Chavez says he wants to remodel Venezuela according to one originated by Simon Bolivar. He carries with him copies of the new "Bolivarian" constitution, which he has translated into several of the many indigenous populations' languages so he can discuss it in their native tongue.

Contradictory Positions
Like many a politician before him, Chavez seems to hold contradictory positions. He has become a fast friend of Cuban dictator Fidel Castro, yet maintains he is not a communist but a friend to all indigenous people.

He has begun supplying Cuba with substantial amounts of oil on favorable terms. Cuba, in turn has sent doctors and educators to Venezuela to work mostly in poor neighborhoods. Venezuelan educators and physicians have not generally welcomed this.

In very long speeches (for which he commandeers Venezuela's electronic media), Chavez has among other topics severely criticized the U.S. bombing in Afghanistan and Iraq and showed photos on Venezuelan TV. This drew a scolding from the U.S. State Department, which cast it as an example of "incessant hostility," and said his economic policies have brought Venezuela to the "brink of ruin." Chavez insists his political opponents and the aftermath of the general strike are the cause of the country's economic woes and that his opponents are amplifying legitimate differences with the U.S. for their effect on Venezuelan internal policies.

Chavez's political opponents have kept right after him. In March of 2002, a group of conspirators including a former oil minister took him from the presidential quarters and into a helicopter and announced that he had been deposed. The attempt created massive protests, forcing the conspirators to return him to power. In December and January, Chavez's opponents tried again, calling the general strike to attempt to rid the country of Chavez, but the strike did not hold. The results were disastrous. Many jobs in the private sector disappeared. PDVSA fired 18,000 oil workers--more than half its workforce--and said they would not receive any severance pay.

Now Chavez faces the recall hurdle--a referendum aimed at removing him from office. The recall was demanded by opposition leaders who gathered petitions and called in the Organization of American States, with support from a six-nation "Group of Friends of Venezuela" (Brazil, Chile, Mexico, Spain, Portugal and the United States). The recall referendum is currently stalled, with power struggles in the National Assembly where Chavez supporters and opponents are arguing over the makeup of the National Elections Council. This body must oversee the approval of the recall referendum and the conduct of the election. This is an extremely contentious process with many other issues still to be resolved before the recall can be held. If it doesn't end soon, however, Venezuela's court system may try to force a decision--if it can. Its jurisdiction, too, is in question.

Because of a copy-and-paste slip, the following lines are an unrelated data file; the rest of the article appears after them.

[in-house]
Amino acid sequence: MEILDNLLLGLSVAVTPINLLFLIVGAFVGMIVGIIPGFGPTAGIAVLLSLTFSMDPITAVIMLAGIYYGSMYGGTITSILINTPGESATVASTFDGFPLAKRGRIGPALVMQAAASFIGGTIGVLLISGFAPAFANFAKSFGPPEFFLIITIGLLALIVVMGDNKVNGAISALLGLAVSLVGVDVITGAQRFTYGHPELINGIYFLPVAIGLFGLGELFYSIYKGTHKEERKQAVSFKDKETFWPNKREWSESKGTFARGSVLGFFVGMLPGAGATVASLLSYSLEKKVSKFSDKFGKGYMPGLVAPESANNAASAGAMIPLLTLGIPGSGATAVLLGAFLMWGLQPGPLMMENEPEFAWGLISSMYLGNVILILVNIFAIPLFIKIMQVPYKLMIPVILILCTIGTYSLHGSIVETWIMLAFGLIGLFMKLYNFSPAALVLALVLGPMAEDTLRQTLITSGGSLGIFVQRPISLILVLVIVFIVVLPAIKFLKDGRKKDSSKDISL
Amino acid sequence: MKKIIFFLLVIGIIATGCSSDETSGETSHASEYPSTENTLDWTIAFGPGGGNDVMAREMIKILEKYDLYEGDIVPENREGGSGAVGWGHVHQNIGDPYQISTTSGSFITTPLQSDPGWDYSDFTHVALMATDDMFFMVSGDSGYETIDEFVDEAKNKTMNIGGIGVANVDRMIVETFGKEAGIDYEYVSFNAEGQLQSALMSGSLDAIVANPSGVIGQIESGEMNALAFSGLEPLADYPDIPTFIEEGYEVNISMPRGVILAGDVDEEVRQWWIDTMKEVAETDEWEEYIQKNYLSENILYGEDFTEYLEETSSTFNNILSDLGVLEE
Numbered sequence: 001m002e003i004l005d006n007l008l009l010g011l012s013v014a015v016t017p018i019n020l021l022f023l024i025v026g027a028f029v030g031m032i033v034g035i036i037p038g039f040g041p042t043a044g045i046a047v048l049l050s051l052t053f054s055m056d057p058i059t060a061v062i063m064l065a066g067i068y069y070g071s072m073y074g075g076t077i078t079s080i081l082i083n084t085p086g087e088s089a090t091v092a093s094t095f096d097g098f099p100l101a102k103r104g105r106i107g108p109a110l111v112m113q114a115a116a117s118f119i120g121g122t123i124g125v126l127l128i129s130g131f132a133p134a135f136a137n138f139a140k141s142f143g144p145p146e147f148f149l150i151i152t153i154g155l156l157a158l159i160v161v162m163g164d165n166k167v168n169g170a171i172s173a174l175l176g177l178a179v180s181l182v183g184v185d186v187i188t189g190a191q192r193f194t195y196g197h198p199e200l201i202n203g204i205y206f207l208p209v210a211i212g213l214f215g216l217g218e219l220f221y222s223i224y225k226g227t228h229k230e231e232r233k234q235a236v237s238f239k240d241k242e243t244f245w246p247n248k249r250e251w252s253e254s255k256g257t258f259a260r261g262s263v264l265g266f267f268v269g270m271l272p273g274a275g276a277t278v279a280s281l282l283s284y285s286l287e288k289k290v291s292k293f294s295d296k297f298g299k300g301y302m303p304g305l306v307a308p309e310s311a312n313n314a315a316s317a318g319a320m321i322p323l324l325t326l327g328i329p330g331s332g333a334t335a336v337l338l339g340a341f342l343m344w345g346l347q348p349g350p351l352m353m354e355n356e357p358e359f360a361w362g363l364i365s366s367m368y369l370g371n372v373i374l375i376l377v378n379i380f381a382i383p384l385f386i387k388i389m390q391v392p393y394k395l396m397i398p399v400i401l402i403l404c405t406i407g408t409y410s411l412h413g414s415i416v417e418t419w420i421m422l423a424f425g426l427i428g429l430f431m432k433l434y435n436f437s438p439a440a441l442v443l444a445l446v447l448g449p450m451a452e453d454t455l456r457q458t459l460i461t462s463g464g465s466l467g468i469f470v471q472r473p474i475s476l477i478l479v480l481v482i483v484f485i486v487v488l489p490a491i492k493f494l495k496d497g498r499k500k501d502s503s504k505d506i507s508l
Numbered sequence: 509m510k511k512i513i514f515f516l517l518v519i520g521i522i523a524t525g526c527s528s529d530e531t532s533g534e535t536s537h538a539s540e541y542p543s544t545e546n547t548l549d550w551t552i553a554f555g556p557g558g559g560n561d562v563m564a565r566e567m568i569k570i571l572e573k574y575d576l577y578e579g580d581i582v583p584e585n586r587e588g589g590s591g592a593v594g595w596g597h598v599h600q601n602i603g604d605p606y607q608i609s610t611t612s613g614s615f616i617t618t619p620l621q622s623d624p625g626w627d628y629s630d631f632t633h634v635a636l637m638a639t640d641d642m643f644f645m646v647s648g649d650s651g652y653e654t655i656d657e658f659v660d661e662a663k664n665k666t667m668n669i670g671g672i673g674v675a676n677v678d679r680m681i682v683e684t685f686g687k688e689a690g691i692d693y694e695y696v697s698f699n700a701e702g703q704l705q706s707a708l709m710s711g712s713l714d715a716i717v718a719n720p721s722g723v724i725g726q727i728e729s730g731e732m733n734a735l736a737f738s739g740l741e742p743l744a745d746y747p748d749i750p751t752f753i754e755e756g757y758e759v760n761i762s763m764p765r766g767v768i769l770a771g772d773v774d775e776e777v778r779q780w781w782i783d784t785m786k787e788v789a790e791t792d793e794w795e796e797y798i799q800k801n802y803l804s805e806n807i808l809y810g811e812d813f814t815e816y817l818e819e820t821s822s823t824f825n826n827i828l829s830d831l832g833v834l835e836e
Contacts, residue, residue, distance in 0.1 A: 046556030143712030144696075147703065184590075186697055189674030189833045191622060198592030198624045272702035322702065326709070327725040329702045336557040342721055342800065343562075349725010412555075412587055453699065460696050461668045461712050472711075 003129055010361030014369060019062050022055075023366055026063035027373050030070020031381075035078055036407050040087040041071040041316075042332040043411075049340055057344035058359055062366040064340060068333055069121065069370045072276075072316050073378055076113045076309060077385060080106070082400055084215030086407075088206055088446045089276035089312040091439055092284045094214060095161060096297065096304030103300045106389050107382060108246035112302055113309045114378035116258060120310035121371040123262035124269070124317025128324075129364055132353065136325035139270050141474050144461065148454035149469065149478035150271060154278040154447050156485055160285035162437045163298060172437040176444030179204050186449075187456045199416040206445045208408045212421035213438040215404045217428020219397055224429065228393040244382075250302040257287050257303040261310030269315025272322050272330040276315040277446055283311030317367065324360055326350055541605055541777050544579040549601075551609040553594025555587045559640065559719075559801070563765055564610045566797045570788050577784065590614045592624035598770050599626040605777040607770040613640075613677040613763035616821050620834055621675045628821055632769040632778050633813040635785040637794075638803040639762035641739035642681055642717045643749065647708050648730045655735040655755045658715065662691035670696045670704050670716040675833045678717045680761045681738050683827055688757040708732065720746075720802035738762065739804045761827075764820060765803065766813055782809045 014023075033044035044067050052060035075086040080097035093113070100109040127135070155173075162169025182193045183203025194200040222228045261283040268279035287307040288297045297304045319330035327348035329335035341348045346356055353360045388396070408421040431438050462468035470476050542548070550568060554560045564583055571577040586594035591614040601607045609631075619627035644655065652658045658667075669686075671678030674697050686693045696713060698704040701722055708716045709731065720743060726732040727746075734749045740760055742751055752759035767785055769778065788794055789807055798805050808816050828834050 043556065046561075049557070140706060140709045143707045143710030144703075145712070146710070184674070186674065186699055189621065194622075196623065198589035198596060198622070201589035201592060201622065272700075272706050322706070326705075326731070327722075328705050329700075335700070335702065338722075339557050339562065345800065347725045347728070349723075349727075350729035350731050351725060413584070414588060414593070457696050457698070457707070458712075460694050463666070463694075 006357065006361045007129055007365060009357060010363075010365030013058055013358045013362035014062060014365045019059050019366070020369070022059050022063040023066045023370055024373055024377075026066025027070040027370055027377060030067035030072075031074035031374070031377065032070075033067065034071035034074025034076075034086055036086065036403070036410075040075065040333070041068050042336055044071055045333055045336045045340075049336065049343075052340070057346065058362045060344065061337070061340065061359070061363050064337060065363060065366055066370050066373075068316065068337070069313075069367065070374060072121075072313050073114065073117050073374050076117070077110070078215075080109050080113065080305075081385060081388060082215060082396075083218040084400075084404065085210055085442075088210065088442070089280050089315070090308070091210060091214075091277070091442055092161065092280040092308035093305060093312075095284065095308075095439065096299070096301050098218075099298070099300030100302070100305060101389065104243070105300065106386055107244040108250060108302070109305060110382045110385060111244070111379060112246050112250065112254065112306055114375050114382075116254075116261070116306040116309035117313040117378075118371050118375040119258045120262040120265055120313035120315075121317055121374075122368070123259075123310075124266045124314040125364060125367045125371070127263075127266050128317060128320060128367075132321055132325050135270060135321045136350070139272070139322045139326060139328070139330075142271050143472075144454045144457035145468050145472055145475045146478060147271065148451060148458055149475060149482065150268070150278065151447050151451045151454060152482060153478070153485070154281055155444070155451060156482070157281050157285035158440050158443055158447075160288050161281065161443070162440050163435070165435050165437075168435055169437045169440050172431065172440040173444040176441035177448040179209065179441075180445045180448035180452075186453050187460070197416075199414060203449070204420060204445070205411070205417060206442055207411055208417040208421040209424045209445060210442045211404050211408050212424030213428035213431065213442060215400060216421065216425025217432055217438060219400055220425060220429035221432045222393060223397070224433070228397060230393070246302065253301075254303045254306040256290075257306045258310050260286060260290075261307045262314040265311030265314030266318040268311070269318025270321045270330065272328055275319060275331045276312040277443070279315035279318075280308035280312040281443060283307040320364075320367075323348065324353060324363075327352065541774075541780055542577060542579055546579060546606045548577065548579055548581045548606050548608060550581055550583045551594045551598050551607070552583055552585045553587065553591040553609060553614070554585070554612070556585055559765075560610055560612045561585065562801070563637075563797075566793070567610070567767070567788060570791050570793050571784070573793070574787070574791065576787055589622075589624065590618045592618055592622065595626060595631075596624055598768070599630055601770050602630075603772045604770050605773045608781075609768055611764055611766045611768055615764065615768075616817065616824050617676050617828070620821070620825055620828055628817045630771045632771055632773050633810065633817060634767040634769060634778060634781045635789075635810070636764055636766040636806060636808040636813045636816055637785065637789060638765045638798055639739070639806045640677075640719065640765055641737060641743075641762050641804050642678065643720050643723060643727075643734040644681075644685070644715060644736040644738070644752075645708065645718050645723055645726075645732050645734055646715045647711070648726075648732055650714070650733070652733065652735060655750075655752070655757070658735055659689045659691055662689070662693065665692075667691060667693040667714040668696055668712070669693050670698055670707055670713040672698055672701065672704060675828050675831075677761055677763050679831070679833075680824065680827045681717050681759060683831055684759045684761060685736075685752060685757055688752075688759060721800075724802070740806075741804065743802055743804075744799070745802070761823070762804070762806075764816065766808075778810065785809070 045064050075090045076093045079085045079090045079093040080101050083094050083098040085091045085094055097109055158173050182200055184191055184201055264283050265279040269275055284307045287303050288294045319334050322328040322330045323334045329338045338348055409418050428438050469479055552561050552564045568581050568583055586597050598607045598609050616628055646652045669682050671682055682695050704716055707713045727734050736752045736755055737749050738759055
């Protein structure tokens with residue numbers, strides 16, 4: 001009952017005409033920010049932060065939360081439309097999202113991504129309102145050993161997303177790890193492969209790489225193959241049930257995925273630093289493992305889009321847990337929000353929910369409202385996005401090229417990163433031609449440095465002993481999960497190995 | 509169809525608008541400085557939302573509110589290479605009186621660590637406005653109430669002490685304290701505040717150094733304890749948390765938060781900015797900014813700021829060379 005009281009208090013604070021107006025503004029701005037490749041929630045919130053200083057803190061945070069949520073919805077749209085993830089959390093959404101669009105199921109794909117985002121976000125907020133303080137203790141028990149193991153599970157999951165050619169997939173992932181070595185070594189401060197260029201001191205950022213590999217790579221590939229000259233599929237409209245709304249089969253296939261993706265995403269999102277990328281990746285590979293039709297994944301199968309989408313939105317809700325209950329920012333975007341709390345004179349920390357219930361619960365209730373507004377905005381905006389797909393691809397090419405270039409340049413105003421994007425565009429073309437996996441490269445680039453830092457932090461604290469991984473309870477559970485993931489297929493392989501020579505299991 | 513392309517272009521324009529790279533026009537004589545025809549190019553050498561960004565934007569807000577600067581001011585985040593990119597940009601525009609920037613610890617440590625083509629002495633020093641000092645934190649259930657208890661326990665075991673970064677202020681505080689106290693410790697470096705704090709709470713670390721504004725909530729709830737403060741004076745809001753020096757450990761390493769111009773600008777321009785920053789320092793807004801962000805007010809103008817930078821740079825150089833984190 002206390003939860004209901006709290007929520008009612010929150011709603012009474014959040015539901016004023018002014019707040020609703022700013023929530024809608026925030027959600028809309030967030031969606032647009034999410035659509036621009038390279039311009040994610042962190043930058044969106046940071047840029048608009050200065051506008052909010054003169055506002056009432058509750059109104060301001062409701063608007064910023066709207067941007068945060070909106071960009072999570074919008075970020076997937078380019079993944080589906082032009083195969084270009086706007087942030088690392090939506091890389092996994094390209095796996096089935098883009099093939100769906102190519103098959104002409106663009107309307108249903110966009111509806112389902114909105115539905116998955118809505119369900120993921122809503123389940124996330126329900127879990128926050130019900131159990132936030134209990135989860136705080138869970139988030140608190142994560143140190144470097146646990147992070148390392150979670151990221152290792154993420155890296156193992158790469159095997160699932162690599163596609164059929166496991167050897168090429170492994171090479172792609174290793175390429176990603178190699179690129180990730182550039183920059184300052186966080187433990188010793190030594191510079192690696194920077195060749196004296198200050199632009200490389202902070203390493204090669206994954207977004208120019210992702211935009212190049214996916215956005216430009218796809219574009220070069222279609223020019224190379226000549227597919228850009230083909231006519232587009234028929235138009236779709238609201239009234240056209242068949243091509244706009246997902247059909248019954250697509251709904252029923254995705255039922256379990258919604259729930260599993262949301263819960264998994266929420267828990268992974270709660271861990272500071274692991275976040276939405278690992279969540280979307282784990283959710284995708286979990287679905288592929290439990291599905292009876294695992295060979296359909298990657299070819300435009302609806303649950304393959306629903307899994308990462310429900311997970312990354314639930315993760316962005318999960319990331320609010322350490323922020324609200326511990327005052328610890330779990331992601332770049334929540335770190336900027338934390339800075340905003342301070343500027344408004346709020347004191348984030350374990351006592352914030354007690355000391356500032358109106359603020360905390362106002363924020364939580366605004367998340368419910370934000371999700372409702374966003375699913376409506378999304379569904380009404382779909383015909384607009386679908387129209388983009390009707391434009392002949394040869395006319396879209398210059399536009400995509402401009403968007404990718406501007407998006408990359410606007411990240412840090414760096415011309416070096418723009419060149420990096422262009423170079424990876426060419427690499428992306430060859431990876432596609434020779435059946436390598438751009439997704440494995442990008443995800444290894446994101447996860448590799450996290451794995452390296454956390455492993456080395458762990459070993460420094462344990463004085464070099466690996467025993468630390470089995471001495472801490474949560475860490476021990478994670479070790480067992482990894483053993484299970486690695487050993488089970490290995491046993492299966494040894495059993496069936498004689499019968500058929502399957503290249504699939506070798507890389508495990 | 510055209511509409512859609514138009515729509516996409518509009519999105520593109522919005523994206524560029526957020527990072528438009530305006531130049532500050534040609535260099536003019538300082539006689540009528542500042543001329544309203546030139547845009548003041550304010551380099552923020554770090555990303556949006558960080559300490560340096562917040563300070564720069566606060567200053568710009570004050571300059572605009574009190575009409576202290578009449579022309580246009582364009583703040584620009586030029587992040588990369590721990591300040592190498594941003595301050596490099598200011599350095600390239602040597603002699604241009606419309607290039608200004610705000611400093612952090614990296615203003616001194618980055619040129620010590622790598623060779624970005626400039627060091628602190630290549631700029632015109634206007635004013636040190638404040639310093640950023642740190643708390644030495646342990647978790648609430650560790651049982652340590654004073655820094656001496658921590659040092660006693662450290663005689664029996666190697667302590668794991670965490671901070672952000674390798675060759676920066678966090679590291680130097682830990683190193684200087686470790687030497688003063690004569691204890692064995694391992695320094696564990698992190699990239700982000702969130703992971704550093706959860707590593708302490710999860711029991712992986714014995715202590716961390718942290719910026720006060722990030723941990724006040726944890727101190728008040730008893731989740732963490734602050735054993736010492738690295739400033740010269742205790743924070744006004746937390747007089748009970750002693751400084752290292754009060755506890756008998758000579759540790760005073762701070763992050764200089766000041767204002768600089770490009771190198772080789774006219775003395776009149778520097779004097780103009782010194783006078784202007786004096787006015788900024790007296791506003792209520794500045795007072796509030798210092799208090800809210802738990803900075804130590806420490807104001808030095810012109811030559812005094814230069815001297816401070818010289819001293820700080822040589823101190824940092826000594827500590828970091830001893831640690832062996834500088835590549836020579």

Just this week, in an abrupt and unexplained about-face, PDVSA president Ali Rodriguez announced that the fired strikers would receive severance pay--despite the fact, he said, that some had sabotaged equipment during the strike.

Rumors in Caracas had it that Rodriguez himself would be fired by Chavez and replaced by Diosdado Cabello, Infrastructure Manager. However, Rodriguez appears to still be in favor with Chavez--he has been credited with restructuring PDVSA after the strike.

A PetroAmerica in Our Future?
With production at PDVSA, Venezuela's main industry, gradually coming up to pre-strike levels, the new deal with Trinidad and Tobago may gain Chavez political credit for an improving economy.

But Chavez has made it clear that this agreement is more than a way to gain income from natural gas: It is a logical first step in what he sees as inevitable growing collaboration among all the oil and gas producing countries of Central and South America. This includes his overriding vision: a multinational or super-state oil company combining the national oil companies of Trinidad and Tobago, Venezuela, Colombia, Ecuador, Brazil, and Peru. This, too, he sees as a model of the Bolivarian vision of unity among Latin American and Caribbean countries. He suggests the company be called PetroAmerica or PetroSud. "In this age of globalism, countries need to go beyond local interests," he says.

It's going to get more interesting from here on.